Friday, July 8, 2011

Volunteer Week 3 continued...

So I was a little over optimistic when I said I could update my blog daily during my week in Sendai.... Turns out that there are so many great things to do in Sendai that I didn't have a chance to sit down and catch up on my blog updates. So here I am back in Tokyo reflecting on the yet another amazing week of volunteering/ touring of Sendai.

I was in Sendai from Sunday until Friday and of those 5 days, I spent 3 of them volunteering in a town called Tagajo. Tagajo was one of the towns hit by the tsunami but unlike the other places I've been to the homes are not completely destroyed. There are however many challenges that come with "Hankai" (partially damaged) homes. Many people who's homes were damaged are dealing with restoration of their homes. Restoring damaged homes after the earthquake and tsunami is not an easy task. It takes many months of volunteers shoveling out dirt and debris and scrubbing down oil stains from windows and walls. I was able to experience this in Tagajo so keep reading for details!

* I was told by the volunteer centre not to take pictures of the actual sites because of privacy issues so this time I unfortunately don't have many pictures to share. But I will explain what I did during my week.*

                                 DAY 2

Today was the first day of volunteering in Tagajo. I was assigned to spend the day in a warehouse right behind the Tagajo volunteer centre to sort and distribute donated clothing items. These goods are sorted into bins then taken out side for the disaster victims to come and take anything they need for free. The only problem is that now 4 months after the disaster, many stores and even malls have reopened. The disaster victims have partially restored their lives, especially things like clothes and food are not difficult to buy at local stores. However, there are now people who come to these volunteer centres to take these free items just because they can, not because they need it. As I was distributing these bins there was a group of about 20 or 30 just waiting outside for us to bring out the clothes. Our supervisor told us that these group of people come here every day waiting to grab more free things. As soon as we put the bins down they would hoard whatever they could get their hands on. He also told us that some of these people take donated items so that they can sell it to other people for profit. It was a side of disaster victims that I have never seen before nor have been captured by the media.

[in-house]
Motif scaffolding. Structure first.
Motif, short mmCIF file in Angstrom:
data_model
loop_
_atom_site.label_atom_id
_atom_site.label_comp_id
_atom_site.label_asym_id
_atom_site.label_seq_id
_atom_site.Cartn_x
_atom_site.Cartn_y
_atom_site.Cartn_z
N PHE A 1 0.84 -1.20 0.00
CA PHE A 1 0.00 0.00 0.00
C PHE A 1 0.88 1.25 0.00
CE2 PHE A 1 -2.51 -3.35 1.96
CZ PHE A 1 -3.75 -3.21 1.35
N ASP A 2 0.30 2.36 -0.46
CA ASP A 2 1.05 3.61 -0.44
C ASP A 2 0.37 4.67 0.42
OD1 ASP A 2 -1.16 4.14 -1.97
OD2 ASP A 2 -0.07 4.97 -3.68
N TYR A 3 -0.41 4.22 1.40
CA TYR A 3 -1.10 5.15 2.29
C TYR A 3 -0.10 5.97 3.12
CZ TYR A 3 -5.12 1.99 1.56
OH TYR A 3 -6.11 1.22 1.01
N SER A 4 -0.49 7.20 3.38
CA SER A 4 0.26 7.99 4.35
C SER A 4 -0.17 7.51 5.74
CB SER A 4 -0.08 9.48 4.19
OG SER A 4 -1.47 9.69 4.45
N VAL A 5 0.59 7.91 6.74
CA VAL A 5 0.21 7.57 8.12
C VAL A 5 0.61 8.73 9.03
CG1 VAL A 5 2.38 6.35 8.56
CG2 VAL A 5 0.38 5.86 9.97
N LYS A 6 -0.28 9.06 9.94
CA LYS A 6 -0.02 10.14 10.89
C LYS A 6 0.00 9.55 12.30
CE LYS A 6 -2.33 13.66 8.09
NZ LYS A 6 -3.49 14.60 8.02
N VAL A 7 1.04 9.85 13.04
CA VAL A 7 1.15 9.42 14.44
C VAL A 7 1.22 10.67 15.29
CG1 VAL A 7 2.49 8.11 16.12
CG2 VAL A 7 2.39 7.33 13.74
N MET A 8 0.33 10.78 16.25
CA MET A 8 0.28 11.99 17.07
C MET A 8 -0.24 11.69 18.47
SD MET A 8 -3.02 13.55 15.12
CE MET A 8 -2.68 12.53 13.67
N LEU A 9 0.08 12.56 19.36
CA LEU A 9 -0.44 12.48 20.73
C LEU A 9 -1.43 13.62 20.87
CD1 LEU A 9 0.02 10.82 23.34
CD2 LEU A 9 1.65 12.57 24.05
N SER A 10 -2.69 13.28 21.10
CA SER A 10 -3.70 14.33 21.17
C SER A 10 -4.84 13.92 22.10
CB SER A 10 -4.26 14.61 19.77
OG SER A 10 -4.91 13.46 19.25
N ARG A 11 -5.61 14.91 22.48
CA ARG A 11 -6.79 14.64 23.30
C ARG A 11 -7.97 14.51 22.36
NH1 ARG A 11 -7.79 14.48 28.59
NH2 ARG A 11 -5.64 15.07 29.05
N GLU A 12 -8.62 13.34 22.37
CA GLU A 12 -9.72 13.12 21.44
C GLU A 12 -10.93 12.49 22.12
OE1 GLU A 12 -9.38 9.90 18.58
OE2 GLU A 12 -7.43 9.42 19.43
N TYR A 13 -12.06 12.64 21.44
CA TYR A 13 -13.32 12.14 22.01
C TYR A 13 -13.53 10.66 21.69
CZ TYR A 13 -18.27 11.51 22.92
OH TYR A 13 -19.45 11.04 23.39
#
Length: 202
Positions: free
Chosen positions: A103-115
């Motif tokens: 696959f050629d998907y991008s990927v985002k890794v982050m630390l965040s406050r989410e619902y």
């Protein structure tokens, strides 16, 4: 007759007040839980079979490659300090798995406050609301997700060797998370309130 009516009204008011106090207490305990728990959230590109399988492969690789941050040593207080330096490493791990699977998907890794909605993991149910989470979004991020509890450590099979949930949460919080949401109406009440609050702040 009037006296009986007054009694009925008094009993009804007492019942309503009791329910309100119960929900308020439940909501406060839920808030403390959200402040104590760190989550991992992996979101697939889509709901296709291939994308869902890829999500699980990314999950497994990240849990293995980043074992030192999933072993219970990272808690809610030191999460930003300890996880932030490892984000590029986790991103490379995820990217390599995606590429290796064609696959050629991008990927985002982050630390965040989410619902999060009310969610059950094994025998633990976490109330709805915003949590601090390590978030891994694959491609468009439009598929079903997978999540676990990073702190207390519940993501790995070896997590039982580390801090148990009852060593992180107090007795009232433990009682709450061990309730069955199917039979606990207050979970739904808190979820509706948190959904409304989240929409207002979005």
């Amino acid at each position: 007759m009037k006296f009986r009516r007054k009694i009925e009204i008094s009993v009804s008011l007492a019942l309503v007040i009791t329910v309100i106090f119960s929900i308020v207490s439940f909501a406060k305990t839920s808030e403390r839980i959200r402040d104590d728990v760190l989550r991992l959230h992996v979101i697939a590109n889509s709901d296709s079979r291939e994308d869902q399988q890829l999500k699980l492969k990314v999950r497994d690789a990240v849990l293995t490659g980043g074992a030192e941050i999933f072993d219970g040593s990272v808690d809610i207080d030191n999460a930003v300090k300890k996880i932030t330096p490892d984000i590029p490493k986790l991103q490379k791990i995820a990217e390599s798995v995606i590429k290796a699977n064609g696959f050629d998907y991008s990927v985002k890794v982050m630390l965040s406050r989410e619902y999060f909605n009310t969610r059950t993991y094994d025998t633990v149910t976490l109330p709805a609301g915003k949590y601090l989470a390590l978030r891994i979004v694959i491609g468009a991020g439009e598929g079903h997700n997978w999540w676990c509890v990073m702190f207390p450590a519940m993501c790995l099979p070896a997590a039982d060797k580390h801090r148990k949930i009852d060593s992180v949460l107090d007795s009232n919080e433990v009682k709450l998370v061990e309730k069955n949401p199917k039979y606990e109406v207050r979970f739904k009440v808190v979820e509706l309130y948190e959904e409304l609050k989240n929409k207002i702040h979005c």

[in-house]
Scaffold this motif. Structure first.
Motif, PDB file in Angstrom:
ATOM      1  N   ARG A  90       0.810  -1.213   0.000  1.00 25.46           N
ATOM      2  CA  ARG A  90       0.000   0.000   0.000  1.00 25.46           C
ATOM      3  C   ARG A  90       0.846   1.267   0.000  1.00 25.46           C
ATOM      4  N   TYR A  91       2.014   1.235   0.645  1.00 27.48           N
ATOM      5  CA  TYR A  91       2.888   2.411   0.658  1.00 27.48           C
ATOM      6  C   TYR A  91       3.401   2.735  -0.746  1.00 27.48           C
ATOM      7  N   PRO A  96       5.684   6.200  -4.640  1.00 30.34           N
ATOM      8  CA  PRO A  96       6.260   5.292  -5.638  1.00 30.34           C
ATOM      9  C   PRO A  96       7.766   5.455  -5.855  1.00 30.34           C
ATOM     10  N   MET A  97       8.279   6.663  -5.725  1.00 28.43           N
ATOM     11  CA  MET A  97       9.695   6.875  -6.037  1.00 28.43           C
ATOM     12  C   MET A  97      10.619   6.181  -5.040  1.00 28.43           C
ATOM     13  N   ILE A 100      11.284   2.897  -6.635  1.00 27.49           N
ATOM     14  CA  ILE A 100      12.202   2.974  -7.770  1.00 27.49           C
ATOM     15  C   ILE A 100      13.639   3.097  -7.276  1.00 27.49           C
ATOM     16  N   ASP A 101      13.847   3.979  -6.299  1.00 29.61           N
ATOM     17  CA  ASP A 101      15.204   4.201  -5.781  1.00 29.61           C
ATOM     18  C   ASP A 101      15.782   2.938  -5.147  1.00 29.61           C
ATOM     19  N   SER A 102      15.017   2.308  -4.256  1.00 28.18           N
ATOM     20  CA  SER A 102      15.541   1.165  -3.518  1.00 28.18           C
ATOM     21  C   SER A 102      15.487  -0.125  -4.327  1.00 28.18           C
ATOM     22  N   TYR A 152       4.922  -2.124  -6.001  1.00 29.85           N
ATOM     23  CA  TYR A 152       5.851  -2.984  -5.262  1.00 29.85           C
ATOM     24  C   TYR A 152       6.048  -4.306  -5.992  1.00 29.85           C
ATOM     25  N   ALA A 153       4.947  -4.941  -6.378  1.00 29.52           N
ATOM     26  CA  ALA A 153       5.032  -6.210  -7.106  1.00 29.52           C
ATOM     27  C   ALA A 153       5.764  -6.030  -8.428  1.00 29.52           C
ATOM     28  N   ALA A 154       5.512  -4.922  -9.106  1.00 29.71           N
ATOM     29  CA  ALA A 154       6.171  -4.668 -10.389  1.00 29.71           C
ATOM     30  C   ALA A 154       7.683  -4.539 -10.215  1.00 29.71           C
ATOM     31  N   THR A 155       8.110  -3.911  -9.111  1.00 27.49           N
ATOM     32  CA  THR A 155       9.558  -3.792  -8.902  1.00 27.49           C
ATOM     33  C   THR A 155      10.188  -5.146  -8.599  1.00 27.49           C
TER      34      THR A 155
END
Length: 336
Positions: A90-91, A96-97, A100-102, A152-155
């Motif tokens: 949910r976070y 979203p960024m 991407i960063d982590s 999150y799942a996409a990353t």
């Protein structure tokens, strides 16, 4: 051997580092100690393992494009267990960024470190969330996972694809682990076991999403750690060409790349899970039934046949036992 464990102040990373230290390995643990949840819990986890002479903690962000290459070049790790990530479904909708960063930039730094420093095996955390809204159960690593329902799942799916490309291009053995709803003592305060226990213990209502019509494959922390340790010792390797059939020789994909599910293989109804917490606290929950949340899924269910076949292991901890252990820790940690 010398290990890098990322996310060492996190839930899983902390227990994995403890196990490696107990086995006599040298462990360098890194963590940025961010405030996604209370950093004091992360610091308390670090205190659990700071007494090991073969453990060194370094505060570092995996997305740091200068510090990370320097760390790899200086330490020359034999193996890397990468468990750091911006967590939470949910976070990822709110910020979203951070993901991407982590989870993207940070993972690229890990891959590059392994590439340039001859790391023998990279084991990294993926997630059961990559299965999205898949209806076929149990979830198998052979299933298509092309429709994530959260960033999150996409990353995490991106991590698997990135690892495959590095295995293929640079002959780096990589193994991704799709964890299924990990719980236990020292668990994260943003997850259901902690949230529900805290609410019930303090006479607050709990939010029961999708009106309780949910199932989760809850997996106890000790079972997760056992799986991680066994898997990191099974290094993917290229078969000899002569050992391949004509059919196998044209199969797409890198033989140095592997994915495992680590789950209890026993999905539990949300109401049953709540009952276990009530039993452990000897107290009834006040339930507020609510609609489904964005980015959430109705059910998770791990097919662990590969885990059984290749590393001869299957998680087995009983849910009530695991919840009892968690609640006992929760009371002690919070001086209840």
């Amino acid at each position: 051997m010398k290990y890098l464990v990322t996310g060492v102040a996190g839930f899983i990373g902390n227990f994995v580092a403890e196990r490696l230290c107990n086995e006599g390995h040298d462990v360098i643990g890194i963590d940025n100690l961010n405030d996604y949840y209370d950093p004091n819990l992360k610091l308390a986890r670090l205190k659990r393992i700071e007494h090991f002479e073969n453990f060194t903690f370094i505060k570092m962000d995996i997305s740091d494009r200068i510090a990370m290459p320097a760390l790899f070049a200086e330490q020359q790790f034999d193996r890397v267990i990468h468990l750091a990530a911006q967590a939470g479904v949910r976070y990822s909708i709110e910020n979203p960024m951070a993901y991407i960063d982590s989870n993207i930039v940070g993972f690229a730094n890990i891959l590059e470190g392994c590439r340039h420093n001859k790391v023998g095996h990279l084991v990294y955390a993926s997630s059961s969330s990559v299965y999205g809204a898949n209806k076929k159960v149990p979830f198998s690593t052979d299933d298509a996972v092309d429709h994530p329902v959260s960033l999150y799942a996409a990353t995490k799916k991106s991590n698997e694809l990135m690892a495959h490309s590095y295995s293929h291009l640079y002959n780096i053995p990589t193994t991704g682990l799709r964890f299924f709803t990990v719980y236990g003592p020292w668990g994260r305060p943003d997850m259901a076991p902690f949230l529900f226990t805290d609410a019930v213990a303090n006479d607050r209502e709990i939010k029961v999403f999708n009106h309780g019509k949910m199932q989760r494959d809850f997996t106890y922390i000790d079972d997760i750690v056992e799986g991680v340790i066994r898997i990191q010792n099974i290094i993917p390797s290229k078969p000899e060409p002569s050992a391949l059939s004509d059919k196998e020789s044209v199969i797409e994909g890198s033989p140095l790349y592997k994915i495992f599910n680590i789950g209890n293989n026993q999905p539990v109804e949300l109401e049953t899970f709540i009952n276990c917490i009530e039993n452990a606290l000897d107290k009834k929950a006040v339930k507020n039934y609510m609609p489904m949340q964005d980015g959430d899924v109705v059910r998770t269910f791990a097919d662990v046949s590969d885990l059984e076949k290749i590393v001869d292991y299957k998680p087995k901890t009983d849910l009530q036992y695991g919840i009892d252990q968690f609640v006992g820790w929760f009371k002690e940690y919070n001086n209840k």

This made me question whether this was just the true colours of human nature? Maybe manners and morals are just a facade and it can't win over things like greed? I was just so surprised that people in a  country where manners are a fixed part of the culture would have this side to them. However, it is difficult to stop giving out free items because there are still donated items waiting to be distributed in this warehouse. Also within the group of people who come to this volunteer centre there are some that actually do need these items because they are still in situations where buying things isn't even an option. The problem though, is that there is no way of weeding out who are the ones who are in desperate need of donations and who are the ones who come here for leisure. It is also true that the people who are in real need cannot make it out to the volunteer centres because their cars have been washed away or they cannot come out into a crowd like this because they are still grieving over their loss.

These are videos of our work that day in the warehouse